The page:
They don’t wear capes or brightly colored spandex outfits. Their uniforms are a bit more inconspicuous, more like trousers and ties than breastplates and masks.
And although they don’t have any super powers, they do fight injustice. Their weapon — the law.
Winter Park’s attorneys were just named to the 2010 Super Lawyers list. Only 5 percent of Florida attorneys are selected to the list each year.
Attorney Usher “Larry” Brown and Anthony Garganese — the city’s Community Redevelopment Agency and Winter Springs’ city attorney — are both from the Orlando firm Brown, Garganese, Weiss and D’Agresta.
Winter Park Vice Mayor Beth Dillaha applauded the city’s legal team for its work behind the scenes.
“It’s great for the Winter Park community to know what kind of accolades the city attorney is getting,” Dillaha said. “You don’t usually hear about your city attorneys. They’re typically behind the front lines.”
Both Brown and Garganese said they like using their super lawyer powers for good. Practicing local government law allows them to do that.
They protect the city’s rights and assess the risks involved in important decisions before they are made by the City Commission and city staff. It’s not about going to trial and winning or losing, it’s about making sure things are done the best, right way for the city.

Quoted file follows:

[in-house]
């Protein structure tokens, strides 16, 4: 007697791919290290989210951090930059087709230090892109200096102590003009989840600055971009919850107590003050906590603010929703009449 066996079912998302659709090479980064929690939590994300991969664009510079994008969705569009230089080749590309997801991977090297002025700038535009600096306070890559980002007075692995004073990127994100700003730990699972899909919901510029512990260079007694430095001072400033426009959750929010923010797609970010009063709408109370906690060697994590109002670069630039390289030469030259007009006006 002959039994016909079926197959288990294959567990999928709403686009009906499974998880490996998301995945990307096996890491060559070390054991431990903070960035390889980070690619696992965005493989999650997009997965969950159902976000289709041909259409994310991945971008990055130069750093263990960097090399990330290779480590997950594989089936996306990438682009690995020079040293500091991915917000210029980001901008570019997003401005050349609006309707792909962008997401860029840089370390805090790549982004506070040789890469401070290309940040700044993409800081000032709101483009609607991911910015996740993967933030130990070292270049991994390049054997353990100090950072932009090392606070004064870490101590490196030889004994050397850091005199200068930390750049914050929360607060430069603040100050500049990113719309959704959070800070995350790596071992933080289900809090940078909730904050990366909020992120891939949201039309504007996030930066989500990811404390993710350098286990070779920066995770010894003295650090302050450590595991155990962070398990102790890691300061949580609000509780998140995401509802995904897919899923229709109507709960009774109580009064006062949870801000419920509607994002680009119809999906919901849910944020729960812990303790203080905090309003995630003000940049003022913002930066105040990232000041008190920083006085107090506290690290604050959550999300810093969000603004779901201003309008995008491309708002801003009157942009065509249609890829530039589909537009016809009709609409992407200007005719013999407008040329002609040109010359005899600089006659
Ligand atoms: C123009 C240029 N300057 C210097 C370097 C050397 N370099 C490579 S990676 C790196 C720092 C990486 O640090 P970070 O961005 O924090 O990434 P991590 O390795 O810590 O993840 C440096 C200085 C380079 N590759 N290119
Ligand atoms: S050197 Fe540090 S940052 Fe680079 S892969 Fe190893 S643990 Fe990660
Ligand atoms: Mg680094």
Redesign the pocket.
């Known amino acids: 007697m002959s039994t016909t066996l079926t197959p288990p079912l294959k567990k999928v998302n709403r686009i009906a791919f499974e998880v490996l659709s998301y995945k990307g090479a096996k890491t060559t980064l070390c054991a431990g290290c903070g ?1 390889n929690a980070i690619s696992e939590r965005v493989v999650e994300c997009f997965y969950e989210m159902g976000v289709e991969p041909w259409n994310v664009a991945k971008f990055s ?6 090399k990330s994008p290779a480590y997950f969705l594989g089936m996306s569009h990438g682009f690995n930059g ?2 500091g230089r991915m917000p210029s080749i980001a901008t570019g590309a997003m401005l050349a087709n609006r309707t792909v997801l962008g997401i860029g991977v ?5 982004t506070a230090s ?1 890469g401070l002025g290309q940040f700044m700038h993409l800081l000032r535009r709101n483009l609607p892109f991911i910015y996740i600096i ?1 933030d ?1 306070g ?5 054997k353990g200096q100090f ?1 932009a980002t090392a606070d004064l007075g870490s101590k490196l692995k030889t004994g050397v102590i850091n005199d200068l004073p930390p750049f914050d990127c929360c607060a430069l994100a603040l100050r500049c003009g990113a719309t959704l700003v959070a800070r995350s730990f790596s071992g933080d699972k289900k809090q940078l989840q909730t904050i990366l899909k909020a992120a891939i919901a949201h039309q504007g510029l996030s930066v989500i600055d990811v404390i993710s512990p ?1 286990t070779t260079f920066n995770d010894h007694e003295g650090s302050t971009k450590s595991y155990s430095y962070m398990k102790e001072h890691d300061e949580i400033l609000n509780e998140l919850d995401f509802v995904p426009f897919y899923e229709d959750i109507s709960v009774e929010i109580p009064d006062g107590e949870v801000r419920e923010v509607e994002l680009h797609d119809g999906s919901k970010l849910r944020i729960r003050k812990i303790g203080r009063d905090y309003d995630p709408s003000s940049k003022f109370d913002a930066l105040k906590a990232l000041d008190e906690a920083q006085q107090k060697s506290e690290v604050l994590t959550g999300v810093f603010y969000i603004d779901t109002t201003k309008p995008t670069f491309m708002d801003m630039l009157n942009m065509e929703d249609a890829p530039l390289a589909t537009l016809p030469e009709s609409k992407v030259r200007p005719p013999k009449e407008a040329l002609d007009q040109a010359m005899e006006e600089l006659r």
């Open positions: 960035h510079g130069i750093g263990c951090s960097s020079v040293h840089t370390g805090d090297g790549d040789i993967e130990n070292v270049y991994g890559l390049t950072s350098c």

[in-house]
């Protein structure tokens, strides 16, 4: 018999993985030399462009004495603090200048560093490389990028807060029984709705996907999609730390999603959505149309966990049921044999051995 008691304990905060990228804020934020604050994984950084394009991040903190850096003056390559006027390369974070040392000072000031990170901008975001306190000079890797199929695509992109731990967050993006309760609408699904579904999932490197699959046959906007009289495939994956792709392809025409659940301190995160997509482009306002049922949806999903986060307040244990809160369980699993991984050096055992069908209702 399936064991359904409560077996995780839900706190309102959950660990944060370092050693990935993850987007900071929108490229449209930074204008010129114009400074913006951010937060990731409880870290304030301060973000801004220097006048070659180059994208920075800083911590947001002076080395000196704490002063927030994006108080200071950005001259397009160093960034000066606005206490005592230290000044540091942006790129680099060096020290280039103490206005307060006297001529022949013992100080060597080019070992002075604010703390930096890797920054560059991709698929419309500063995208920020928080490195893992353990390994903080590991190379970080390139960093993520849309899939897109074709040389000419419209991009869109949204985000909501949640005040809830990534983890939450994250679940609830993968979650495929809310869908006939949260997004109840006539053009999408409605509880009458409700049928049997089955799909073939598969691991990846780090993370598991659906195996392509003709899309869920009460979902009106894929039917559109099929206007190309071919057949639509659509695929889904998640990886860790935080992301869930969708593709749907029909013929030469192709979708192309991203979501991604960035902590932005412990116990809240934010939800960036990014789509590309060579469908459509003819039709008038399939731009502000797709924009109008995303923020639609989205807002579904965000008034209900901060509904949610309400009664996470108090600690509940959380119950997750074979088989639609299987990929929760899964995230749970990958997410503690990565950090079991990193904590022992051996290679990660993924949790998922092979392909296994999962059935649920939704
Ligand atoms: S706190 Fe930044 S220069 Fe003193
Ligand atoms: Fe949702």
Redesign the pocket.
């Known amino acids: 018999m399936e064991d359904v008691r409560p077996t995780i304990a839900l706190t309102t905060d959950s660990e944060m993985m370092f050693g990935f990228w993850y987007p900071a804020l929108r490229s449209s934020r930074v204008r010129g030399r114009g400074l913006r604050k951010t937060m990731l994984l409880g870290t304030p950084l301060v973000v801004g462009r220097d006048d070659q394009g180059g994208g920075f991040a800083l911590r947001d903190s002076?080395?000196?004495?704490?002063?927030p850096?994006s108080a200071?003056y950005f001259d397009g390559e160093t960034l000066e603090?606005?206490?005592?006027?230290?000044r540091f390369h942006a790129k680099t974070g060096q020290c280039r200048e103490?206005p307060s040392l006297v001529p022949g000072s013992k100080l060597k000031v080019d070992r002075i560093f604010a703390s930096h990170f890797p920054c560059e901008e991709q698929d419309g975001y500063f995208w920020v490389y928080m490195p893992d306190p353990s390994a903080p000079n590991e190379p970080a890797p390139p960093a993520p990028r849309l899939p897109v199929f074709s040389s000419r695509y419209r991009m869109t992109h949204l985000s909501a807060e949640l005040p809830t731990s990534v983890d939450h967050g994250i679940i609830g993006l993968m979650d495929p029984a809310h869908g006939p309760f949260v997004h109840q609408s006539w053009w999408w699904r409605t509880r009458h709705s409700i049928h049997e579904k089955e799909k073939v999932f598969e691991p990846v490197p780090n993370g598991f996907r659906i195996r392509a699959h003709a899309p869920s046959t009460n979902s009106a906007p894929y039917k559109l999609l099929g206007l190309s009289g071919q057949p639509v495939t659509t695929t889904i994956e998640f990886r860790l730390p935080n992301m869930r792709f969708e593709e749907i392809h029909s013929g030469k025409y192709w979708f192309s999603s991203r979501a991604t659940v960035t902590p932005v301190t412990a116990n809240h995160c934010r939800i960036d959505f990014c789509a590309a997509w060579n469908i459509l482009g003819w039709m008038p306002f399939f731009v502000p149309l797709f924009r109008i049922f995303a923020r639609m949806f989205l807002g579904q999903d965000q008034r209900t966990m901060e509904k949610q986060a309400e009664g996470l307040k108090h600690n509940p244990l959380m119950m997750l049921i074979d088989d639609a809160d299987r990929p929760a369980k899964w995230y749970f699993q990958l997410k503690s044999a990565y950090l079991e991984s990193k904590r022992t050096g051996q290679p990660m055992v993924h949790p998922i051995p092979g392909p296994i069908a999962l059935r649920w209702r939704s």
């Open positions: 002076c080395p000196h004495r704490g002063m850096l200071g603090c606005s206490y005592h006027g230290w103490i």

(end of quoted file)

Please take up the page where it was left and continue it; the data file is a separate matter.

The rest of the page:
“We have the opportunity to try and do the right thing, not just win,” Brown said.
And while both said they are proud and honored to be recognized, that’s not what they think about when doing their work. Rather than wondering what they can do to get the next award, they ask themselves each day how they can achieve excellence in the area of local government, Garganese said.
They do this with an entire firm composed of local government law “sidekicks.”
But, like many superheroes, they aren’t on the clock, all the time.
When Brown’s not defending the rights of the city, he trades the law for music. Back in the ’70s, Brown played harmonica and the keyboard in the country rock band Buckeye Sawmill Garage. They toured Florida and opened for acts such as Jimmy Buffett and Waylon Jennings. He once thought he was going to be a professional musician.
“I still am a musician,” he said, “but I realized early on, my higher and best use might be something else.”
Now the Maitland father of five likes to play piano with his family. He loves practicing with his wife, who plays the cello.
Garganese has unexpected talents, too. The New England native has ice in his heart — in a good way. His one passion, besides law, is ice hockey. He’s played since he was a child, and has been on the men’s league in Maitland for 15 years. Garganese, a Winter Springs resident, said hockey is a lot like law.
“It’s sort of like being a city attorney — you have to be moving at all times,” he said. “And the pucks never stop flying, except the pucks are issues.”
Garganese also once thought he was going to be a professional baseball player, before, like Brown, he realized he could better use his powers for the law. He’s even in the Bryant University Athletics Hall of Fame. Baseball is still a part of his life; he brings his wife and three children to see Rollins College games, he said.
So they’ve got powers, a strong belief in justice, sidekicks and another identity.
Maybe they are superheroes after all.
For more information about Larry Brown and Anthony Garganese and their firm, visit www.orlandolaw.net.